Wimbledon Begins Amid Tensions over Russia-Ukraine War
Wimbledon began play on Monday, and a year after all players from Russia and Belarus were banned from participating because of Russia’s invasion of Ukraine, those players have been invited back. However, they had to sign a neutrality agreement before they were allowed to return to the All England Lawn Tennis and Croquet Club.
The signed agreement requires that players not make any statements supporting the war, or state any support for the countries involved in the war. The 10 players from Ukraine were not required to sign the agreement.
Last year, Wimbledon went counter to the stance held by the International Tennis Federation, as well as the decisions made by the Australian Open, French Open, and U.S. Open. The competition refused to allow players from Russia and Belarus to compete at the Wimbledon Championships. That resulted in $1.75 million in fines and the stripping of all of Wimbledon’s ranking points. That also meant that the players who did compete at Wimbledon would not gain points toward their world ranking.
The reverse of the ban this year has reduced the portion of the fine levied by the Women’s Tennis Association, and all ranking points will now be counted. And this year, 18 players from Russia and Belarus are in the tournament, including the No. 3 seed on the men’s side, Daniil Medvedev of Russia, and the No. 2 women’s seed, Aryna Sabalenka of Belarus.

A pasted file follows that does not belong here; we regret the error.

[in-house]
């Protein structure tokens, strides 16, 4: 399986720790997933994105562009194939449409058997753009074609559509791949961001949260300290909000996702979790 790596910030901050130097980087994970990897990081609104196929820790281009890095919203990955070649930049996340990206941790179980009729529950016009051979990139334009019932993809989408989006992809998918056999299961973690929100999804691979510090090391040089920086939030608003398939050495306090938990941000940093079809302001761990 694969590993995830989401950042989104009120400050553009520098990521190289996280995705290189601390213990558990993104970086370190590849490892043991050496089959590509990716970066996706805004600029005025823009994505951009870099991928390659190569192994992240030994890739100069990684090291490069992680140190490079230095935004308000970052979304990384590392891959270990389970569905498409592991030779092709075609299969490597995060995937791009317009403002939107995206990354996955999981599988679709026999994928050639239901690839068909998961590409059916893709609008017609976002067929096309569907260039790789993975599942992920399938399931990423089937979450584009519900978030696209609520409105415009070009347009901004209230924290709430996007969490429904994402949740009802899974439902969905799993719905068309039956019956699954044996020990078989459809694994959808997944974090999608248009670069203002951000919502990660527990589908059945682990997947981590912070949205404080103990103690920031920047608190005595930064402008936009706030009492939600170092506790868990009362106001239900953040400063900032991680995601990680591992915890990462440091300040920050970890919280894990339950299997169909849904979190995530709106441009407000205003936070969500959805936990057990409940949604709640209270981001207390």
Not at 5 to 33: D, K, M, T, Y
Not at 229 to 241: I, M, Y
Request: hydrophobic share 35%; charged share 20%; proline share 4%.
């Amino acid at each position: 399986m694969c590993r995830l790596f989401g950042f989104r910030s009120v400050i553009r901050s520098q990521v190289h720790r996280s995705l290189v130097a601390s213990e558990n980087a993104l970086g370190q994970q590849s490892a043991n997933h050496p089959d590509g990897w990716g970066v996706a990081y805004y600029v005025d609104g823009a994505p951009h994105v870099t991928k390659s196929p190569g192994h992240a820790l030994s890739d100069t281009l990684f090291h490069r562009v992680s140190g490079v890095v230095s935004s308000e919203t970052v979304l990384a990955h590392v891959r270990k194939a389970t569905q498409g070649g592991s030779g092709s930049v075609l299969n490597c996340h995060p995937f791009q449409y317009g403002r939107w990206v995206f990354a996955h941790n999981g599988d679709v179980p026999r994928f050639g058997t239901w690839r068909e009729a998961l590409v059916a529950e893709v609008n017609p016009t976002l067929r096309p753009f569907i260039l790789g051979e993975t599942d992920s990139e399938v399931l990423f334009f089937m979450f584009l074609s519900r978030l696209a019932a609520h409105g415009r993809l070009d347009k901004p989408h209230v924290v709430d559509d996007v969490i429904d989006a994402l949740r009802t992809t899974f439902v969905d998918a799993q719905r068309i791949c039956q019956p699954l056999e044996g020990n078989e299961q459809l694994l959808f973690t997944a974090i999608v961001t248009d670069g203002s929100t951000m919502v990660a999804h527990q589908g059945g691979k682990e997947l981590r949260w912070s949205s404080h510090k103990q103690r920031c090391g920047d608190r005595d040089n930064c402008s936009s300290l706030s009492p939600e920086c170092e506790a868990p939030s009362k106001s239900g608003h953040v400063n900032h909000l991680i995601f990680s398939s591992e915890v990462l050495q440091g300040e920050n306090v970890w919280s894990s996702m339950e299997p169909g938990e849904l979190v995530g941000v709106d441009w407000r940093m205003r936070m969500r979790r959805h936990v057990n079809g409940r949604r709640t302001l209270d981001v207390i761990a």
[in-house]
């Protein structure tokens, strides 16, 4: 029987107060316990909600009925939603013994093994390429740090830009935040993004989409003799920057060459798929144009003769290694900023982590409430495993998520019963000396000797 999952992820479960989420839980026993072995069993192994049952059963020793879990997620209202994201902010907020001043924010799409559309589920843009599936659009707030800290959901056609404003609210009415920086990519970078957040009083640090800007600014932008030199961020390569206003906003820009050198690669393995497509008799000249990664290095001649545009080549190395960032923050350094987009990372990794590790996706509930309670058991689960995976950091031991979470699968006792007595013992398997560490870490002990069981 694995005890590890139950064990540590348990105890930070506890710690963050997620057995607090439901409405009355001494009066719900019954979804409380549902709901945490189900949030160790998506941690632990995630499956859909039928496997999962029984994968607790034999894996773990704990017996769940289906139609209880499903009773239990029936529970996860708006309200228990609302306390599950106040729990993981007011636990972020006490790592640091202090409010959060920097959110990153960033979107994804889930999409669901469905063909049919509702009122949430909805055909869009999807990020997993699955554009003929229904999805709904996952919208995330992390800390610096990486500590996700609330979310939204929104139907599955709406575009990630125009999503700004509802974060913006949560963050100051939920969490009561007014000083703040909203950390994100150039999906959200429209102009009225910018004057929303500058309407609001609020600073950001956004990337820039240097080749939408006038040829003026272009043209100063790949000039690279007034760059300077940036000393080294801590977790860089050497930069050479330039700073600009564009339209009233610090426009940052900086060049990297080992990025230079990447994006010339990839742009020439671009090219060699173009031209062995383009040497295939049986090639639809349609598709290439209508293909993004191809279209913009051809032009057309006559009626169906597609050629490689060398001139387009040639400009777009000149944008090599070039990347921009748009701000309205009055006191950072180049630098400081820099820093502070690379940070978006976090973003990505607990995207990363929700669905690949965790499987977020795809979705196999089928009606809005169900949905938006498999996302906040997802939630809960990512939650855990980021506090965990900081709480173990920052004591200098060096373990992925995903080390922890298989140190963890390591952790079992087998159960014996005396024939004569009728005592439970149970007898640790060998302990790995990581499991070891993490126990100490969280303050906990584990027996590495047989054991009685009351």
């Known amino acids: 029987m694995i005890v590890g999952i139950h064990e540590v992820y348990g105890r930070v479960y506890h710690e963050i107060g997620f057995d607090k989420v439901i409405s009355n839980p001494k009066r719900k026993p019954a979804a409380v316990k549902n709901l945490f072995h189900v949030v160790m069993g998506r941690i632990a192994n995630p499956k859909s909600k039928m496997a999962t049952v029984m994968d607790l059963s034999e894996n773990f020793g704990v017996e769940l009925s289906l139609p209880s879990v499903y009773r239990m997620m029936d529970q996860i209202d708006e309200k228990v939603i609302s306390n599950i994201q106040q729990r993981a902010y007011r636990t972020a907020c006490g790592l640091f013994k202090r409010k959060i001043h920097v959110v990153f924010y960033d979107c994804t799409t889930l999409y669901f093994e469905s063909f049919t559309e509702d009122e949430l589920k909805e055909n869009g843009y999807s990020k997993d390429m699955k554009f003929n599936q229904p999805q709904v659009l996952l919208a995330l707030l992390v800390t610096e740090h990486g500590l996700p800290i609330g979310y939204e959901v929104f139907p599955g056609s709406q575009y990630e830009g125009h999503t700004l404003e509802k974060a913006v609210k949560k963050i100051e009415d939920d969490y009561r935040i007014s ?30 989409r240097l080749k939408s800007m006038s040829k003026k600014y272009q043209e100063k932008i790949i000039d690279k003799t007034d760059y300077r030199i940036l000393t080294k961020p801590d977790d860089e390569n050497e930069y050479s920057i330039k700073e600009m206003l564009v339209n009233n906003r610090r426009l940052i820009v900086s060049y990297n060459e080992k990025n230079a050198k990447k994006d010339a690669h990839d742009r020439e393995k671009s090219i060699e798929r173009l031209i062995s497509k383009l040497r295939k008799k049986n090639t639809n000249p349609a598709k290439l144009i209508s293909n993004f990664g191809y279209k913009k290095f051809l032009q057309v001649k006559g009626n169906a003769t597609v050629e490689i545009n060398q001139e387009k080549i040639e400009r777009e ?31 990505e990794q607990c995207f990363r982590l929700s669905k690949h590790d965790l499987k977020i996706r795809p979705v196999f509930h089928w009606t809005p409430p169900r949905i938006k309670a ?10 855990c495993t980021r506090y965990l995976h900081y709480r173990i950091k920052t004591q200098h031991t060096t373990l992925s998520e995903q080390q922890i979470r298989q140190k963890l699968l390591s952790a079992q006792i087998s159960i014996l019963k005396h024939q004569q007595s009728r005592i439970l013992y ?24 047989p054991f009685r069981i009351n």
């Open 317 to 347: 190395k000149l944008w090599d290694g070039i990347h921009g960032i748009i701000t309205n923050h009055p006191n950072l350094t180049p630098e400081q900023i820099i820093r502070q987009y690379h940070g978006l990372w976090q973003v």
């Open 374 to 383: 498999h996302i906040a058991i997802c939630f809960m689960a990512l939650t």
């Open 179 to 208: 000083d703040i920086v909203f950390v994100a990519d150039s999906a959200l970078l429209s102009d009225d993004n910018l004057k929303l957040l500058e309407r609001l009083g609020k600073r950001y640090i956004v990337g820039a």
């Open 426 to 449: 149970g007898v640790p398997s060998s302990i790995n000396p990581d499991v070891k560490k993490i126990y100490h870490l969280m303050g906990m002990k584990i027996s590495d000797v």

The bookmakers at Sportsbetting.ag began the tournament with Medvedev paying +1600 to become Wimbledon champion, ranking him behind 23-time Grand Slam champion Novak Djokovic, and last year’s U.S. Open champion, Carlos Alcaraz.
Sabalenka began the tournament at +400, putting her behind four-time Grand Slam champion Iga Świątek of Poland and defending Wimbledon champion Elena Rybakina of Kazakhstan. Rybakina was born in Moscow and lives in Moscow, but she became a naturalized Kazakh in 2018, so she was not subject to last year’s ban.
Tensions in the Clubhouse, Applause on the Court
On the women’s side, Veronika Kudermetova, the second-ranked player from Russia, says that it is good to be back, but the locker rooms can be tense. When asked about how she gets along with players from Ukraine, Kudermetova said, “I say ‘hi’ to them. Some people, they reply. Some not.”
There was a fear that the reception from fans on the court would be even less hospitable. But so far, that has not been the case. In first round action on Monday, seventh seed Andrey Rublev of Russia took the court to tepid applause, but was sent off with a standing ovation after his victory.
After the match, Rublev was openly critical about last year’s ban, saying, “There were better options for Wimbledon. Because in the end, there was no difference. They did only worse to themselves.”
Rublev has also been an outspoken critic of the war since he won the Dubai Tennis Championships 17 months ago.
Sabalenka, who won the Australian Open this year and was just a semifinalist at the French Open, said after her first round win that it felt great to be back at Wimbledon, and she would only comment about her play and not her country. “I’m not going to talk about politics. I’m here to talk about tennis only. Please respect that. If you have any kind of political questions, you can ask the WTA or the tournament.”
The fortnight at Wimbledon ends on Sunday, July 16.